Famous Scientists Quotes – 1 – Chance favors only the prepared mind.

Time for another quote ! This time, not from a contemporary PI, but from one of my favorite scientist (a review of a biography will come up at some point) : Louis Pasteur !

When casually talking with your fellow PhD’s, I’m sure you often end up saying that what make the difference between an average PhD and and great PhD is a little bit of chance. I have to say I don’t fully adhere to the idea, and to support it, here come the quote of the day :

“Did you ever observe to whom the accidents happen? Chance favors only the prepared mind.” – Louis Pasteur

I would fully agree with this statement. A talented scientist had always to be ready for chance, and should be ready to see peculiar little results as interesting, rather then “missed experiment”, “background noise”, “variability”, “outliner”, and so on … Great discoveries were made by people who knew how to look at data scientifically, and who were prepared for chance. I think it’s a crucial point.

Moreover, I would like to add this one : “When you work seven days a week, fourteen hours a day, you get lucky.” – Louis Pasteur

That’s even more true. Success always ends up being tightly conditioned by work. I do not believe a second that talent, chance, or fate are ever enough.

Hum … food for thoughts, right ?

 

 

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Vacations during the PhD

Tomorrow starts my summer vacations (wouhou !) We’re very lucky to have, I quote my PI, way to much vacations, here in the Netherlands. 9 weeks a year.

So I will be out of the lab for 3 weeks now, and it felt really weird leaving it this evening. I put all my drosophila stocks on new food, and said my goodbyes. I don’t know if this is even possible; but I felt sad to leave the lab, as if it had become an addiction ! Also, last night I tried to open the door of my house with the magnetic card of the lab … Yep, it’s time to take a break.

I always remember this drawing from PhD Comics :

Right now, I think I just past the first  peak, and start the descending slope … 

I will be in a Wi-Fi free zone most of the time (I hope I can deal with this other addiction, btw), which means I will not check e-mails at all. I think it’s great to do that at least once a year.

That also means that I will blog very scarcely starting in a few days, although I prepared some cool posts, and I hope the “automatic programed posting” by WordPress works …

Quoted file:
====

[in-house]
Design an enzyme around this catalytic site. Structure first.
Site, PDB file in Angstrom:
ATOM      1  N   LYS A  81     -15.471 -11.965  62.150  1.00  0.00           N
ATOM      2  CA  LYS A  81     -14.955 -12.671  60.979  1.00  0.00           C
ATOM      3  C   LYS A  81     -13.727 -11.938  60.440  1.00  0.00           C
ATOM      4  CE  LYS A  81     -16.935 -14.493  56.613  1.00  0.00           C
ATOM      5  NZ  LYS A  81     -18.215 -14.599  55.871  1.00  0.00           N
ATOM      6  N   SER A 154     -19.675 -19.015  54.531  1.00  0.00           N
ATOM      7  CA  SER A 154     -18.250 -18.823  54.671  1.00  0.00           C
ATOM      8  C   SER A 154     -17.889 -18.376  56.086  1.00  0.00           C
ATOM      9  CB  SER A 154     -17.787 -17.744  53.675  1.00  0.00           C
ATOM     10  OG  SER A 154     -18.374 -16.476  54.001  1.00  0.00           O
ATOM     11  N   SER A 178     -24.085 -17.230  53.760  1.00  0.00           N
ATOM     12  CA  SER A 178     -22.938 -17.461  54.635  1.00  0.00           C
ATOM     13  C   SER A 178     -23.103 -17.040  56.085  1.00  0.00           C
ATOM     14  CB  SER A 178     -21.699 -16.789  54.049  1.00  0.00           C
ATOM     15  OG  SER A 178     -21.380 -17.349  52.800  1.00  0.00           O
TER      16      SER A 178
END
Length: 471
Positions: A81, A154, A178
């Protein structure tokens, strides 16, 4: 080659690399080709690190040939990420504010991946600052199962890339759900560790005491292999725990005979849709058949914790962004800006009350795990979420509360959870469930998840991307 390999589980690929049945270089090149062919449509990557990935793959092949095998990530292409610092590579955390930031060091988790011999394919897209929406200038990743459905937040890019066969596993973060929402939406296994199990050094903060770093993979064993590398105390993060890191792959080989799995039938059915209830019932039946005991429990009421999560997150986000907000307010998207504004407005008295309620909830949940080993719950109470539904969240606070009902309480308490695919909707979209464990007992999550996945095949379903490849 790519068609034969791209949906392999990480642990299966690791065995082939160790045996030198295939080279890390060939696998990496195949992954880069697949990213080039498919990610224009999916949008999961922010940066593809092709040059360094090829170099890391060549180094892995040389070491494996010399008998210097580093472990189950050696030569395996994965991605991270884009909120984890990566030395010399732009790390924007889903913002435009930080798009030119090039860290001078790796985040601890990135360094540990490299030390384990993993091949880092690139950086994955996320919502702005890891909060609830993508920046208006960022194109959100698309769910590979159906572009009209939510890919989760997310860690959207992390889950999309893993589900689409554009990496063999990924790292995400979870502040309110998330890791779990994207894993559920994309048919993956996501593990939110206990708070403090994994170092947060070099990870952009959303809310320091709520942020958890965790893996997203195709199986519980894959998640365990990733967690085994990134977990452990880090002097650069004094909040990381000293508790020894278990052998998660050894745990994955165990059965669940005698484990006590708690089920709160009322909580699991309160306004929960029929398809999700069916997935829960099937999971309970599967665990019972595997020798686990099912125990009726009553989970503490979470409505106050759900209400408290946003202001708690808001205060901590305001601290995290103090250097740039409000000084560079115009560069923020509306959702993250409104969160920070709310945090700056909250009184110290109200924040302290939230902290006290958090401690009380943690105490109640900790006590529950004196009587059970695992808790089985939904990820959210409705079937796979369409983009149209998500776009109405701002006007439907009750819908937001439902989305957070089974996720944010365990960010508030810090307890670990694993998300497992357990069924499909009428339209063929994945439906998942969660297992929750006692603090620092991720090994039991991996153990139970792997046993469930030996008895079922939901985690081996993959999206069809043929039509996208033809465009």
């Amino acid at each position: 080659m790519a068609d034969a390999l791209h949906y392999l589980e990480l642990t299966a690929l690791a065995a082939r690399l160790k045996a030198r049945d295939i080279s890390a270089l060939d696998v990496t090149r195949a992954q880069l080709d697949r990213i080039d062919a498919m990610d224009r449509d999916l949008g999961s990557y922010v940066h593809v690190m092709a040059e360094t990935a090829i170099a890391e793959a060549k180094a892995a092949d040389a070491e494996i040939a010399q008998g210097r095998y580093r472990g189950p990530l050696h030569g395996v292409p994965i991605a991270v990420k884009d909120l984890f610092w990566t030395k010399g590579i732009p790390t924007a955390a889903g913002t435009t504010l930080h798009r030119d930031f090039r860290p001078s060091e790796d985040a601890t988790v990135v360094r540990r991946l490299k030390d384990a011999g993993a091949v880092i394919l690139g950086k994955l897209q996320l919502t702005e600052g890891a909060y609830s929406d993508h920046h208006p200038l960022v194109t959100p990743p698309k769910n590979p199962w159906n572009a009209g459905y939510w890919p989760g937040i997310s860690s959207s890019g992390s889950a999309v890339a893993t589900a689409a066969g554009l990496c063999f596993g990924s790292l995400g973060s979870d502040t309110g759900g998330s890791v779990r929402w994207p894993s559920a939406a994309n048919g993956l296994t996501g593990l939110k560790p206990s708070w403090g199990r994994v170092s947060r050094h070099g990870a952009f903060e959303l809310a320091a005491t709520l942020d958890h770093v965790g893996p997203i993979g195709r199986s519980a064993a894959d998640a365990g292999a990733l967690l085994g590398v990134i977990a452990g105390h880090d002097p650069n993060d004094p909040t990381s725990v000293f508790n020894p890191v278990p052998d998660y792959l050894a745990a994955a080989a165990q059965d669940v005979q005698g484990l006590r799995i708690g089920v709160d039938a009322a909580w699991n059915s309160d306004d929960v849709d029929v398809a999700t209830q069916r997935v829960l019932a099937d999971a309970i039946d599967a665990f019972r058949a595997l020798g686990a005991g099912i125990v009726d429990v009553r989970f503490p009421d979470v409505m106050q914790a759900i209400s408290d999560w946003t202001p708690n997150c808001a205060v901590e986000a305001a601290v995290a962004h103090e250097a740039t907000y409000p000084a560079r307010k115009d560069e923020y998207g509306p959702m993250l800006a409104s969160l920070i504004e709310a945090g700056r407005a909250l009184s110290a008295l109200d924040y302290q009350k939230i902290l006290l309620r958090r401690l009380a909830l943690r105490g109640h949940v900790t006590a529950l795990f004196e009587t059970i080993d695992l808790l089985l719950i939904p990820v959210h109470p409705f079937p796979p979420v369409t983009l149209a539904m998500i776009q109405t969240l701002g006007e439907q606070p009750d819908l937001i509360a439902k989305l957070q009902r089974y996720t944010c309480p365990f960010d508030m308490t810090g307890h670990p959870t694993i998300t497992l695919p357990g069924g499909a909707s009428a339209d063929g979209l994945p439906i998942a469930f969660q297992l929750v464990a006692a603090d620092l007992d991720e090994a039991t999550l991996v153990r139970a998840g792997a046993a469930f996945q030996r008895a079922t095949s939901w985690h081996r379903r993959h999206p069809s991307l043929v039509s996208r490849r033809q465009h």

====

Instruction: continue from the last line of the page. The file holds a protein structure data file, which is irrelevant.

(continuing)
PI Quotes – 3 “If my son ever tells me he wants to be a scientist … “

Time for “PI Quote” number 3 …

I discussed here and there with my supervisor about making a career in academia, being a scientist, etc … So one day were I felt really good about everything, I told him that I definitely wanted to become a scientist !

I looked at mi with this half-happy/half-sad face, and said:

“If my son ever tells me he wants to be a scientist, I will slap him in the face !” 

I still think about here and there, and wonder if this was not the most blunt warning ever …

Actually, I still don’t know what to think about this …  I think no parent advices his kid to do the same job then him … or does it  happen ? What do you say ?

Book review 1 : Mastering your PhD

Here come a new “series” of posts … books ! Not nerdy science articles, but real books that you can buy in hardcover for the old-fashioned ones (;-)) or download on your tablet for the geeks !  I wish I would take more time to read books instead of surfing the internet for hours, but somehow it’s a difficult take that step …

Anyway, there is a book that I read back to back about 6 months after I started my PhD, and surprise surprise, it’s about doing a PhD !

Mastering your PhD: Survival and Success in the doctoral years and beyond is a book written by Patricia Gosling and Lambertus Noordam, edited by Springer. (Amazon link over here)

What is is about ? 

It’s about all the not-directly-related-to-science aspects of the PhD, and the chapters come in the natural order all these subjects arise  : How to design good experiments, dealing with setbacks, how to deal with your lab mates and mentor, mastering presentations, first international conference, from data to manuscript, the final year, and what comes after … (and many more)

What did I think ? 

Thumbs up …  

-The book looks very serious and “academic”, but it’s actually very fun, and nice to read ! The description on the different types of research groups, from the “young ambitious investigator” to the “empire, lead by an old scientist and senior post-docs” was so good ! Also, the analysis of the different characters of the lab, like “Golden boy”, is very close to the reality …

-The advices given are realistic and totally applicable. Some of them seem actually very natural.

-It goes through the entire PhD path, so you can basically make usage of the book anytime.

Thumbs down … 

– The book consists mainly of  “theoretical” chapters, but offers here and there some “side stories” about a fictional research team. It sounds nice like that, but I did not like these parts that much, and skipped them towards the end.

– I cannot find anything else …

Well, I am not doing any “promoting” or publicity here, just giving my opinion about the book I read, you can judge by yourself if you want to read it or not sometime !